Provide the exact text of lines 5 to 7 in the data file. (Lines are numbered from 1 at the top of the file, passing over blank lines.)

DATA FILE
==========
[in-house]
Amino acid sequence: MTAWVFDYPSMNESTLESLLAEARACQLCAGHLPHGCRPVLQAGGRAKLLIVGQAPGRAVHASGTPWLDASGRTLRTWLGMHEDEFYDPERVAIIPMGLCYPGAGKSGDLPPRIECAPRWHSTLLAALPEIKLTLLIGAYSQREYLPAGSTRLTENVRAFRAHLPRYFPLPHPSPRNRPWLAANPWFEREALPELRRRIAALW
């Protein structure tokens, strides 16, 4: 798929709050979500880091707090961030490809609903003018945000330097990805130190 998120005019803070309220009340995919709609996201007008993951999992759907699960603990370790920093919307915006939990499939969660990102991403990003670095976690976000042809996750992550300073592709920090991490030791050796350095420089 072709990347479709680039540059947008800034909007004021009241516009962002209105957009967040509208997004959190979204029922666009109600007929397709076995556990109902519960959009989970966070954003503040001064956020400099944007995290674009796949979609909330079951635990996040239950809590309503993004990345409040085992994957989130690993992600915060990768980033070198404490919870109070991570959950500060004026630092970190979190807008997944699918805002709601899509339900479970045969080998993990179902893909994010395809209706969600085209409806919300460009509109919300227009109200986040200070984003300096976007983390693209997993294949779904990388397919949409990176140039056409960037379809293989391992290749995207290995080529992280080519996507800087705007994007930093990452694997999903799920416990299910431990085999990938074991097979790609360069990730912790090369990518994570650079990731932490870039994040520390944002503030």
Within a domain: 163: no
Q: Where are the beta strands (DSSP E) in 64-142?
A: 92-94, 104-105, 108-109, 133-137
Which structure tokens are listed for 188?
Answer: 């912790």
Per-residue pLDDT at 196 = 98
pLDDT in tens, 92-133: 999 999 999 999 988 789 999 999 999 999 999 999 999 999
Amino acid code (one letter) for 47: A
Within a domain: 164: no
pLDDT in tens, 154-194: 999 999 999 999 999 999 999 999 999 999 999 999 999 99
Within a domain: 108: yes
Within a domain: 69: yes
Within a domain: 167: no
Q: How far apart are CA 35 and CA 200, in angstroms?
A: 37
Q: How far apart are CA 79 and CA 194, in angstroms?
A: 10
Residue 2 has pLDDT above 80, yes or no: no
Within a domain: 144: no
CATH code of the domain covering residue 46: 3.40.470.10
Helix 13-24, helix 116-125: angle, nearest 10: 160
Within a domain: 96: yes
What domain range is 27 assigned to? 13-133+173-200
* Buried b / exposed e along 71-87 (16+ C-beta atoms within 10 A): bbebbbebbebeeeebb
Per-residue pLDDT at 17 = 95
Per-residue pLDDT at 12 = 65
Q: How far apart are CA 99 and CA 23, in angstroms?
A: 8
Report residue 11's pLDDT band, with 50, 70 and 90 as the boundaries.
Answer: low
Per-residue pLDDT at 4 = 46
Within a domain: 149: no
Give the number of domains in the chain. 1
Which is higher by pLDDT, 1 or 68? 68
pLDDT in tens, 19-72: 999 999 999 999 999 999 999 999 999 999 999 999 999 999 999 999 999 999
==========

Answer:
Q: Where are the beta strands (DSSP E) in 64-142?
A: 92-94, 104-105, 108-109, 133-137
Which structure tokens are listed for 188?